Tea Party Bolshevism

by A. Jay Adler on December 22, 2011
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Today is a good day to reiterate the essential nature of the Tea Party and contemporary GOP political impulse in practice. As even Senate Republican leader Mitch McConnell calls on House Republicans to compromise and pass the two-month extension of the payroll tax cut, we need understand not how, but why we got here. What we are seeing, too, is not just played out in the fierce, uncompromising true-believerism of the House Pubs, but also in the the post-2010 American Legislative Exchange Council formulated gubernatorial policies of that year’s GOP electoral winners: Scott Walker’s and John Kasich’s heavy-handed assault on labor unions in Wisconsin and Ohio and Rick Snyder’s assumption of dictatorial powers in Michigan.

In The Tea Party Bolsheviks & the National Debt, I wrote,

An important point to remember about Bolshevism is that it was not an ideology, but a method. The ideology was Marxism. Adjusted to circumstance and extended as Leninism, it was Marxist-Leninism. Bolshevism was about how they pursued the revolution and how they ruled after it. The name itself, which means “majority,” contrasted with the minority “Mensheviks,” the designations arising from an intra-party squabble (within the existing Russian Social Democratic Labor Party) about the basis for membership in the party and the guidance of the revolution.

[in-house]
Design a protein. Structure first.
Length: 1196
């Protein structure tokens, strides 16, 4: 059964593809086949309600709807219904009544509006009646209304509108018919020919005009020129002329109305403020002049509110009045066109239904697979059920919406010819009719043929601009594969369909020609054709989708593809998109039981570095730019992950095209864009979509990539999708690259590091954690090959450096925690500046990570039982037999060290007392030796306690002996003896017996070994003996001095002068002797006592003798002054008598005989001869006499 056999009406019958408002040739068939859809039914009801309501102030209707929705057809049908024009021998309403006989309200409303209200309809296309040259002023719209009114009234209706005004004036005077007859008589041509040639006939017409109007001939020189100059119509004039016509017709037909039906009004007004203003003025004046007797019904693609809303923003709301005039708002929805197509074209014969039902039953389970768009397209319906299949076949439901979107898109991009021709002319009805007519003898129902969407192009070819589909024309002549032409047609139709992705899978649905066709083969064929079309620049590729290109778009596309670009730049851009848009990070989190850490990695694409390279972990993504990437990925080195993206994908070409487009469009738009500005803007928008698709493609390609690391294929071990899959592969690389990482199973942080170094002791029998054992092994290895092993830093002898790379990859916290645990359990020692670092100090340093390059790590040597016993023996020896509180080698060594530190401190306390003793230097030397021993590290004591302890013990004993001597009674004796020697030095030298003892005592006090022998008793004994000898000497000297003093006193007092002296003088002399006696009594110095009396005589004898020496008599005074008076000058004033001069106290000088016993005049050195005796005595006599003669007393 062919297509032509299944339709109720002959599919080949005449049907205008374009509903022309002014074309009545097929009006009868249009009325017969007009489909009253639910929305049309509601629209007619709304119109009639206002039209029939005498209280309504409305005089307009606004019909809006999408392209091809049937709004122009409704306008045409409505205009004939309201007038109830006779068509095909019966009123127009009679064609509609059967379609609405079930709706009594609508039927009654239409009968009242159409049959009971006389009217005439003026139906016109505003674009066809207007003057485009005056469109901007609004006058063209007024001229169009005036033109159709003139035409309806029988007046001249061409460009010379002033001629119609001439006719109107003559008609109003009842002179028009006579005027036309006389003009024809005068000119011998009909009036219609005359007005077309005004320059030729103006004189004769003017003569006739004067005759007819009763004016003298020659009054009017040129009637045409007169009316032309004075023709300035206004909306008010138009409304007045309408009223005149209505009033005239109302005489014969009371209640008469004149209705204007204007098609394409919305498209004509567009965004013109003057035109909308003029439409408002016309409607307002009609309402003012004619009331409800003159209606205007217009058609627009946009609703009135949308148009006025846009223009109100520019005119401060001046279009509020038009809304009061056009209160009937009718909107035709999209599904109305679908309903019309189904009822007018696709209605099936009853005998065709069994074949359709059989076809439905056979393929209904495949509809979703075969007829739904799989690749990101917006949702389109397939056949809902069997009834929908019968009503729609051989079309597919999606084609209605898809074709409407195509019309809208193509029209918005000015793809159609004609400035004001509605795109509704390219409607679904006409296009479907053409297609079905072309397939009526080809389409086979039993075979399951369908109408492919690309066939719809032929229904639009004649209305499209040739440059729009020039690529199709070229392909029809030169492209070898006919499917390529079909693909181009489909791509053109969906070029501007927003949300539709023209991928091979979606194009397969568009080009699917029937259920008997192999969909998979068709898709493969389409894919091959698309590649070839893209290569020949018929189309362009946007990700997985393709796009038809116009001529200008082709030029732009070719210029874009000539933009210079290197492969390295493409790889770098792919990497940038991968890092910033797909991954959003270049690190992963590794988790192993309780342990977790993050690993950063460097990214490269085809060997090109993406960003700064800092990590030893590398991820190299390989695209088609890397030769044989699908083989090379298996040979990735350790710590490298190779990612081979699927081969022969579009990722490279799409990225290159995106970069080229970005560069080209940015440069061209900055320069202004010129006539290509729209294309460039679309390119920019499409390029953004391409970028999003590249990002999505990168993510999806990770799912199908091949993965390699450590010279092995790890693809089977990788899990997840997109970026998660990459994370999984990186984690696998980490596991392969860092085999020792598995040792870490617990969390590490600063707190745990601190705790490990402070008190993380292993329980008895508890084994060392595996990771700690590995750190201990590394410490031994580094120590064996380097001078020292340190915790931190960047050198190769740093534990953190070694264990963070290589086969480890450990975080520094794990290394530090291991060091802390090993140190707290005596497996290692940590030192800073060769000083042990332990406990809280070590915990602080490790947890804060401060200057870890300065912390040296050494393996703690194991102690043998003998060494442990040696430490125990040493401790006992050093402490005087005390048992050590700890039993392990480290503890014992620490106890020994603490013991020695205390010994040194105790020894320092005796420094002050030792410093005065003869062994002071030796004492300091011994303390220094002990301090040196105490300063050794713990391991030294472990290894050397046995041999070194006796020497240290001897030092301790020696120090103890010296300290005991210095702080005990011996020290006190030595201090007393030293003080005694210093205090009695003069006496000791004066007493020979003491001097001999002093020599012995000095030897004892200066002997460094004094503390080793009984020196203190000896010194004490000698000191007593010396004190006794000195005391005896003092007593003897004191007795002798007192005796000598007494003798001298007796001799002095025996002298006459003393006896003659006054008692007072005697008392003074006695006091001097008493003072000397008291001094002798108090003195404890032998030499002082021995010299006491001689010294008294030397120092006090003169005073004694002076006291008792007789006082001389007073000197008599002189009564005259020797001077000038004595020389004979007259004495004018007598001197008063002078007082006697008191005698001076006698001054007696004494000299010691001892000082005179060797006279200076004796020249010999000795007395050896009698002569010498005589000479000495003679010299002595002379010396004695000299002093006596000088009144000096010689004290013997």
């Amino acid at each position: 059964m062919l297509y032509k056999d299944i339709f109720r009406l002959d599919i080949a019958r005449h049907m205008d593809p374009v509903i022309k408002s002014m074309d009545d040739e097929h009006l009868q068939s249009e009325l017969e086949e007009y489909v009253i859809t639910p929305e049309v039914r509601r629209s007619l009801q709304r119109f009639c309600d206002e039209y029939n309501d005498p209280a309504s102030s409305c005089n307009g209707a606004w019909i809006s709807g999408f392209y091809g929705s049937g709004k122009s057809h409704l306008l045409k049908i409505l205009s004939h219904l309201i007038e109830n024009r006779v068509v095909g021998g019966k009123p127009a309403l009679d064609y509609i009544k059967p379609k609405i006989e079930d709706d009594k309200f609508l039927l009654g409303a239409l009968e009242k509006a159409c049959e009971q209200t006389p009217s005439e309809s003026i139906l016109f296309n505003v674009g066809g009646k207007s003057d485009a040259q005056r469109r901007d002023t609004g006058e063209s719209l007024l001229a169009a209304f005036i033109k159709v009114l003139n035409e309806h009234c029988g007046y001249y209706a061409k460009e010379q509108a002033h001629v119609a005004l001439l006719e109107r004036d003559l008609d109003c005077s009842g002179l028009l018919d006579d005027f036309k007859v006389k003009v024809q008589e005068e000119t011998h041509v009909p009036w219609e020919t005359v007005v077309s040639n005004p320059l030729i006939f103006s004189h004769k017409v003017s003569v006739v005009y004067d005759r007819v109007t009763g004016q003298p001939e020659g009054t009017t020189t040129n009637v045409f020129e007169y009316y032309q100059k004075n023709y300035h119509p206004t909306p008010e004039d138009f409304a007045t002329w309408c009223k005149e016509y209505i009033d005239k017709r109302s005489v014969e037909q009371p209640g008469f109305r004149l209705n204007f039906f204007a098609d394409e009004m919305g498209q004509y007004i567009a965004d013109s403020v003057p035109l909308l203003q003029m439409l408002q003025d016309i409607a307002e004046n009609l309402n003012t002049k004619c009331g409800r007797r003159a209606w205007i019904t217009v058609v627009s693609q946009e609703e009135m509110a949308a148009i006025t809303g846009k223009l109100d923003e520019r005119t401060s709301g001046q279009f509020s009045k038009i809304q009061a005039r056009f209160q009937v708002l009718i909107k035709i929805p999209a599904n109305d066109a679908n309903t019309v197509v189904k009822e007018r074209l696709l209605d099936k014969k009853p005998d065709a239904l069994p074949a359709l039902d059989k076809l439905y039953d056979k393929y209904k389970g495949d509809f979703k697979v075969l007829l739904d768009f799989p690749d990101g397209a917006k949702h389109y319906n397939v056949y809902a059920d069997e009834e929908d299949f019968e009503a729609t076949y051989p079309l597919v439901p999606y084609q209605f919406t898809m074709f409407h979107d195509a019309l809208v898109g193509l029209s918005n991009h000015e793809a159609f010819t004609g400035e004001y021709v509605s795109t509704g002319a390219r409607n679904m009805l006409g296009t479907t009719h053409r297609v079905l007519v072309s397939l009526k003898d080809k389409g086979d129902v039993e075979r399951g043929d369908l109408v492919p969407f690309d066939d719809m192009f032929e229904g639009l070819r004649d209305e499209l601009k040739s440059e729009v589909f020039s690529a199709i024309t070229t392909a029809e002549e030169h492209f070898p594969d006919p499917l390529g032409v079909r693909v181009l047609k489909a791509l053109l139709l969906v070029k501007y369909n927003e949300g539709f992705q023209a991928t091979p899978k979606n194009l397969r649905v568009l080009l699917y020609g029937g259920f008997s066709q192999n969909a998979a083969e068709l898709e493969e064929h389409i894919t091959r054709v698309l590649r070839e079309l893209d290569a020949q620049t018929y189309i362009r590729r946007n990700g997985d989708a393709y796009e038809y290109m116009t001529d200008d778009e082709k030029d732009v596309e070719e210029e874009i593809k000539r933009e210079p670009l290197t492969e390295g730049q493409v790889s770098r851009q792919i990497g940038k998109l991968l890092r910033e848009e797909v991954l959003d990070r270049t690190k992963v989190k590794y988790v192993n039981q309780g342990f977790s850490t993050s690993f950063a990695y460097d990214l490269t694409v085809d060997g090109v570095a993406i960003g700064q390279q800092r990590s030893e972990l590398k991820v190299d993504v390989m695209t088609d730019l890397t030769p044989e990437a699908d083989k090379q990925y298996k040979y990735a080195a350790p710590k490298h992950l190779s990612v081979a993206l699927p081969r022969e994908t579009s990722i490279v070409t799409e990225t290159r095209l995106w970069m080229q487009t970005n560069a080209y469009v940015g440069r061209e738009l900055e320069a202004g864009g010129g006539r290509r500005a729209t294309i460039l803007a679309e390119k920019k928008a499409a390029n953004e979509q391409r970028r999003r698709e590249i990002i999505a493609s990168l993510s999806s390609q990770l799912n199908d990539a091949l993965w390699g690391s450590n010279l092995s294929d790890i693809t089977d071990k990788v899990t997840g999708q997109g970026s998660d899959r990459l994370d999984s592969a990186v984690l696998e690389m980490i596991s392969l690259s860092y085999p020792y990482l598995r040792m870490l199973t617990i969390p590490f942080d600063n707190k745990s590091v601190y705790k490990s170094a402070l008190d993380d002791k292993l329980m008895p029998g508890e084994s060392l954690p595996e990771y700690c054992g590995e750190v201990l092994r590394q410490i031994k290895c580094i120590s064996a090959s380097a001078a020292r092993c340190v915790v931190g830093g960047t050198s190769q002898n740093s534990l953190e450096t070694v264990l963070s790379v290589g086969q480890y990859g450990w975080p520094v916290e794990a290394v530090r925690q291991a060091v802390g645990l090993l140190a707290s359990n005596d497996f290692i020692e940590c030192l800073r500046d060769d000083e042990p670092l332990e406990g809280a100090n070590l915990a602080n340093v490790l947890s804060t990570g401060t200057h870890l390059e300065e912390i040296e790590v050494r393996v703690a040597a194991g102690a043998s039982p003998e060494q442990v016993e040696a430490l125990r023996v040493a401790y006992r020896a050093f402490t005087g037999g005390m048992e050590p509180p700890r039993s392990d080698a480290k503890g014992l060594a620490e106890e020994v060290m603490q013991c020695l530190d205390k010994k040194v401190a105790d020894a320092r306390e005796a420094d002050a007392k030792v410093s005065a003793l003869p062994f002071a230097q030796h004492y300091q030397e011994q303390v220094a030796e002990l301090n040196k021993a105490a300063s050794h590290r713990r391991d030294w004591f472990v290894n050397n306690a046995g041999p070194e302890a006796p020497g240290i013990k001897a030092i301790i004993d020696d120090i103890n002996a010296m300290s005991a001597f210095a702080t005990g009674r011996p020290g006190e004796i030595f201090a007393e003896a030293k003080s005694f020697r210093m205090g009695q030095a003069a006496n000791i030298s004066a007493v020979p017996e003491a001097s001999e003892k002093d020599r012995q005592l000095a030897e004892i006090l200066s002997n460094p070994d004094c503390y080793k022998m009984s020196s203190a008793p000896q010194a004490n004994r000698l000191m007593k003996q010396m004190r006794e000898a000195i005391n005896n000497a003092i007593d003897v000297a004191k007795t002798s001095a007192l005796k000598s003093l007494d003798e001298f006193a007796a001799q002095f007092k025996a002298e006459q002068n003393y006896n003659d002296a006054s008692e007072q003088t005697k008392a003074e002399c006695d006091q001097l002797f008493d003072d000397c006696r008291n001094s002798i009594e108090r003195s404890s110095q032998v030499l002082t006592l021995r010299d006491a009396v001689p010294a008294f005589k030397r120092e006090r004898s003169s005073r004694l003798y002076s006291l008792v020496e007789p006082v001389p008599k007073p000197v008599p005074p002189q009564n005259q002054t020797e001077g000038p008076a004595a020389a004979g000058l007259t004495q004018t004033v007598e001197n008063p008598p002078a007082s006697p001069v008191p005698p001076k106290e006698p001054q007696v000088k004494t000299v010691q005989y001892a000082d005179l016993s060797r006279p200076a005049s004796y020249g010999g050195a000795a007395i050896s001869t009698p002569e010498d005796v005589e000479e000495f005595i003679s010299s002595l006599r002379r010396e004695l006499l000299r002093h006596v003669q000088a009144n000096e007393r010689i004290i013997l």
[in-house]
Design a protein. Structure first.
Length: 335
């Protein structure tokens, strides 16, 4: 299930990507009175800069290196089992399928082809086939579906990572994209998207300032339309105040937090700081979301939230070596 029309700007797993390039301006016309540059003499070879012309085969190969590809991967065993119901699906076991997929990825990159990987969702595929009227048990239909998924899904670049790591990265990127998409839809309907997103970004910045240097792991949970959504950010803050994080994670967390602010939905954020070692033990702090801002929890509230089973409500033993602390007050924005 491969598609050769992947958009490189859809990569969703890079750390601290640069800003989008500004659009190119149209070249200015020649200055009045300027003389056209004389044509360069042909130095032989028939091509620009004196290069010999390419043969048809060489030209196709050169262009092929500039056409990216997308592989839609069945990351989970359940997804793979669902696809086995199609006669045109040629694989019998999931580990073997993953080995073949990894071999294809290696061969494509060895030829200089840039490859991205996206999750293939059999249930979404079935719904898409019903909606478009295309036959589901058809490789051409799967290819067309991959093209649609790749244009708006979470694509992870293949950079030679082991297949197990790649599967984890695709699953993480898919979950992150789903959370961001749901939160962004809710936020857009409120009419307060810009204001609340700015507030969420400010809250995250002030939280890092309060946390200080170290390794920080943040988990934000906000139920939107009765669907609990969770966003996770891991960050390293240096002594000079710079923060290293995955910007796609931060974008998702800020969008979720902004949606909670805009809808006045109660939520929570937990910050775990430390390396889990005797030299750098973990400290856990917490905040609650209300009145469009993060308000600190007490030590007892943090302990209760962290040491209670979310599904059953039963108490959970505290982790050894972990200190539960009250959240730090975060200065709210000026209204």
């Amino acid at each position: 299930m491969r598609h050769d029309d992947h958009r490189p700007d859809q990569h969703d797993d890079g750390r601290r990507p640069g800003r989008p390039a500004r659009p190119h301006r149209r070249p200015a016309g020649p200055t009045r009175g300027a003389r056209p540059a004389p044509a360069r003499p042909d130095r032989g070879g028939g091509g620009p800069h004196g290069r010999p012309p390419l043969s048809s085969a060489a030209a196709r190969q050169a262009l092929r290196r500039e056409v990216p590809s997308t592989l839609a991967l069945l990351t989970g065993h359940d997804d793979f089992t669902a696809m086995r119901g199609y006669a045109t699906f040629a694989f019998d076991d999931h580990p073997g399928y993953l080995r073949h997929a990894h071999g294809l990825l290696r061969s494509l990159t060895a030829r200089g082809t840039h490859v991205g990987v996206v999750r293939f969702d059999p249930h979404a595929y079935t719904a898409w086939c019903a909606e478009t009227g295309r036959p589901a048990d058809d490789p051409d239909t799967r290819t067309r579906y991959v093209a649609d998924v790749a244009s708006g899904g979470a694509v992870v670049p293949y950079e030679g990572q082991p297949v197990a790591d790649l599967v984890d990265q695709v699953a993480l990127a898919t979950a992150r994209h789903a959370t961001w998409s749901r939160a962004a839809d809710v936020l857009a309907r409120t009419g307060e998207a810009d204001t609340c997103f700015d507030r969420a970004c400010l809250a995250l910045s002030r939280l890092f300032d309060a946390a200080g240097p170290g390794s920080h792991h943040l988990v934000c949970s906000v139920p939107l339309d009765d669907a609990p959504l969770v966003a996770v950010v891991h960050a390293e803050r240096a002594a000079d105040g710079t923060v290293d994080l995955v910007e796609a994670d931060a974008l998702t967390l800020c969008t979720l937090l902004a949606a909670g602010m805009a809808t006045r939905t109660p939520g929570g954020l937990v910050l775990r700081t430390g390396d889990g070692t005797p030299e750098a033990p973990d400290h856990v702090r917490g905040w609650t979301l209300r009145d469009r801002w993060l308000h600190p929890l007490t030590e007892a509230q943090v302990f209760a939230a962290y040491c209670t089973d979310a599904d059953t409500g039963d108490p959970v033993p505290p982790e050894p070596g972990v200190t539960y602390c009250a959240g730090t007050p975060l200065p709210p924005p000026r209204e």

….

About many things – matters of ideology and policy – the Bolsheviks were ever changeable (and rationalizing) in the face of events and circumstance: brute material and economic reality, it became fittingly apparent to them, is an unconquerable disputant in historical debate. But about two matters the Bolsheviks were unchanging and immoveable. First, whatever was the party line at any time (no matter what it had been yesterday or would come to be tomorrow) was absolutely and indisputably true. Second, compromise with anyone outside the party who differed with Bolshevik truth was an unforgivable sin. To advocate compromise with anyone who differed was an unforgiveable sin. No characteristic has ever more consistently represented the Bolshevik frame of mind.

We’ll see if contending foreces even in their own party can this time engineer a strategic retreat: the Bolshevicks were tactical realists, but always, over long years, retained their vision of the ends they pursued.

So it is ever thus with the fanatic true believer, who would rather tear down to its studs and foundation the whole edifice then compromise with the compromised in the service of what they perceive to be a falling architecture. The Bolsheviks never sought to reform Russia. They wished to overturn it, to tear it down, to begin again. They wanted revolution. They didn’t care if Russia was defeated in the First World War. They wanted out of the war, the whole imperialist sham fought for the profit of the capitalist and that further enslaved the working class. Let the walls come tumbling down. We’ll tear them down.

AJA

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